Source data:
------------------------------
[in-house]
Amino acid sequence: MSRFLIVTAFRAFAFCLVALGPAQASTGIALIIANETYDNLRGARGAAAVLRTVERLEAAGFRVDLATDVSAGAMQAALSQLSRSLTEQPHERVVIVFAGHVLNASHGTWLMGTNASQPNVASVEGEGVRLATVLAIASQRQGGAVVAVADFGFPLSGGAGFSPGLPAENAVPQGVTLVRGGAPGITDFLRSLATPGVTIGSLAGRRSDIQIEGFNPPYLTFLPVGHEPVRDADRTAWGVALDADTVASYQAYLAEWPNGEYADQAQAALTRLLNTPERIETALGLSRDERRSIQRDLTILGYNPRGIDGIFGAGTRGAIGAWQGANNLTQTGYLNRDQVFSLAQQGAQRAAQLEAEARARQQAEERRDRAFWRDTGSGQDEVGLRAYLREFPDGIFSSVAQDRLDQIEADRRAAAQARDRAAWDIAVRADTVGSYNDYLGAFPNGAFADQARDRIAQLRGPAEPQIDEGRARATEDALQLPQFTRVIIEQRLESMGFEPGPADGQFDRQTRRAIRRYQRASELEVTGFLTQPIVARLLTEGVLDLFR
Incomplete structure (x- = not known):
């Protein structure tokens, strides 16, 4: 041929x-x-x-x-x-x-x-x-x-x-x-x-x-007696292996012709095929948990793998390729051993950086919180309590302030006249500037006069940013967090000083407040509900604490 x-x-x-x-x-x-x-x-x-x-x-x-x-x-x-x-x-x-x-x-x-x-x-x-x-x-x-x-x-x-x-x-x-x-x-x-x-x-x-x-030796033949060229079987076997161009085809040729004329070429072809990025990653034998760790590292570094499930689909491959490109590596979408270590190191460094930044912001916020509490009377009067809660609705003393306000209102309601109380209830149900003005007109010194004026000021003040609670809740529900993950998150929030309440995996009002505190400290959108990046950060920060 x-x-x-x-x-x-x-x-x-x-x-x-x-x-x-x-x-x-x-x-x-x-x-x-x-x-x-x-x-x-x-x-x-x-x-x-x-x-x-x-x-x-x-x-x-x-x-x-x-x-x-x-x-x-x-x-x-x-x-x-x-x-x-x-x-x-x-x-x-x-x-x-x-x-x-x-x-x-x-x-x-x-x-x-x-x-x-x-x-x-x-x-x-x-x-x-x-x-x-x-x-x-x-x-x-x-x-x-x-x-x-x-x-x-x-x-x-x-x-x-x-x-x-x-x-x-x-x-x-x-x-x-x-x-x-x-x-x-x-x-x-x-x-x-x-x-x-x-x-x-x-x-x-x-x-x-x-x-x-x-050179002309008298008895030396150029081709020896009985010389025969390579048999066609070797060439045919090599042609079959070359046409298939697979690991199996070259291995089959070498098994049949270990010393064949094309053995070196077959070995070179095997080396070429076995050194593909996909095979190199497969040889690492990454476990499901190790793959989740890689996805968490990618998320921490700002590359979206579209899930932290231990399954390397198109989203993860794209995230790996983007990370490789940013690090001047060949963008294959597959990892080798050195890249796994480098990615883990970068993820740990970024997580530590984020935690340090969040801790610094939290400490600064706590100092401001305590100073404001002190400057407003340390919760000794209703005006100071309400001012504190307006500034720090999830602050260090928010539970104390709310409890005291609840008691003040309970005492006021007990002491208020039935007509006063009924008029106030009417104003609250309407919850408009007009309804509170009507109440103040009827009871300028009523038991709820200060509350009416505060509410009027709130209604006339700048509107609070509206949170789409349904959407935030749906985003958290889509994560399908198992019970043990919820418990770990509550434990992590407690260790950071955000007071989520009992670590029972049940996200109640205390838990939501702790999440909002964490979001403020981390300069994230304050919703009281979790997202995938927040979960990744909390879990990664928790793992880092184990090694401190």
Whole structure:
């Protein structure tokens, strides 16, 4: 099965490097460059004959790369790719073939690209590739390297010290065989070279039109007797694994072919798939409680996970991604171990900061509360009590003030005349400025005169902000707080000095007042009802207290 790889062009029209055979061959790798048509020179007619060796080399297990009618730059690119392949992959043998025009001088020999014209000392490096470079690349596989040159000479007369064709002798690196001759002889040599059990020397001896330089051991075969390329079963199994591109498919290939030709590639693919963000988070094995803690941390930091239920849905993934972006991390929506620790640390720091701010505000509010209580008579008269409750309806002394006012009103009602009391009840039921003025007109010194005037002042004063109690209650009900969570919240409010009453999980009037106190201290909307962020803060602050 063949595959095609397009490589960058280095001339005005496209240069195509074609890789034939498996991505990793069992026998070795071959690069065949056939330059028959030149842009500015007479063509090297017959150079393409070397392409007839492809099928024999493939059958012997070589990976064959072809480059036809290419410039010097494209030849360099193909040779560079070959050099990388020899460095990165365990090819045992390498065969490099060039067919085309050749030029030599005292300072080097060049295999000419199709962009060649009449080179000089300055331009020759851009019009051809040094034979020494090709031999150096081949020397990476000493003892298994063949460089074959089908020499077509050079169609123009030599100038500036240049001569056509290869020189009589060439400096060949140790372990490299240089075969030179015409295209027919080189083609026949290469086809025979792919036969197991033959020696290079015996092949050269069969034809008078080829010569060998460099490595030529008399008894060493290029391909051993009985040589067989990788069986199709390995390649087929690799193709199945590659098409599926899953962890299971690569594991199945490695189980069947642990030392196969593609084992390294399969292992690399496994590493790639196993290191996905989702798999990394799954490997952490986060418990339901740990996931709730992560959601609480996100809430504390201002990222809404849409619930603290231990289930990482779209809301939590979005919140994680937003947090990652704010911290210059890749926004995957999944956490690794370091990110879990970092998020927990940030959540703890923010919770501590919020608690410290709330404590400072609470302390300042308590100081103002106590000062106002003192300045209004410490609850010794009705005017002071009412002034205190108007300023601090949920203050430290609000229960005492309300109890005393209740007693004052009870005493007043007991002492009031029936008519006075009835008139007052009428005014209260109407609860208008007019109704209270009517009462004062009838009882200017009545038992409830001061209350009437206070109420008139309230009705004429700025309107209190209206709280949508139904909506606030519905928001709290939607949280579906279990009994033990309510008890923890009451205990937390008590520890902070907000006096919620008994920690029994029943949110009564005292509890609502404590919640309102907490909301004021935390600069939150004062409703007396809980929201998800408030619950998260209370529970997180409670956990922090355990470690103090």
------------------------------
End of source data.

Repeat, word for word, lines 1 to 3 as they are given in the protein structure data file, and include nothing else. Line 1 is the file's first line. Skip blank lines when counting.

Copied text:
[in-house]
Amino acid sequence: MSRFLIVTAFRAFAFCLVALGPAQASTGIALIIANETYDNLRGARGAAAVLRTVERLEAAGFRVDLATDVSAGAMQAALSQLSRSLTEQPHERVVIVFAGHVLNASHGTWLMGTNASQPNVASVEGEGVRLATVLAIASQRQGGAVVAVADFGFPLSGGAGFSPGLPAENAVPQGVTLVRGGAPGITDFLRSLATPGVTIGSLAGRRSDIQIEGFNPPYLTFLPVGHEPVRDADRTAWGVALDADTVASYQAYLAEWPNGEYADQAQAALTRLLNTPERIETALGLSRDERRSIQRDLTILGYNPRGIDGIFGAGTRGAIGAWQGANNLTQTGYLNRDQVFSLAQQGAQRAAQLEAEARARQQAEERRDRAFWRDTGSGQDEVGLRAYLREFPDGIFSSVAQDRLDQIEADRRAAAQARDRAAWDIAVRADTVGSYNDYLGAFPNGAFADQARDRIAQLRGPAEPQIDEGRARATEDALQLPQFTRVIIEQRLESMGFEPGPADGQFDRQTRRAIRRYQRASELEVTGFLTQPIVARLLTEGVLDLFR
Incomplete structure (x- = not known):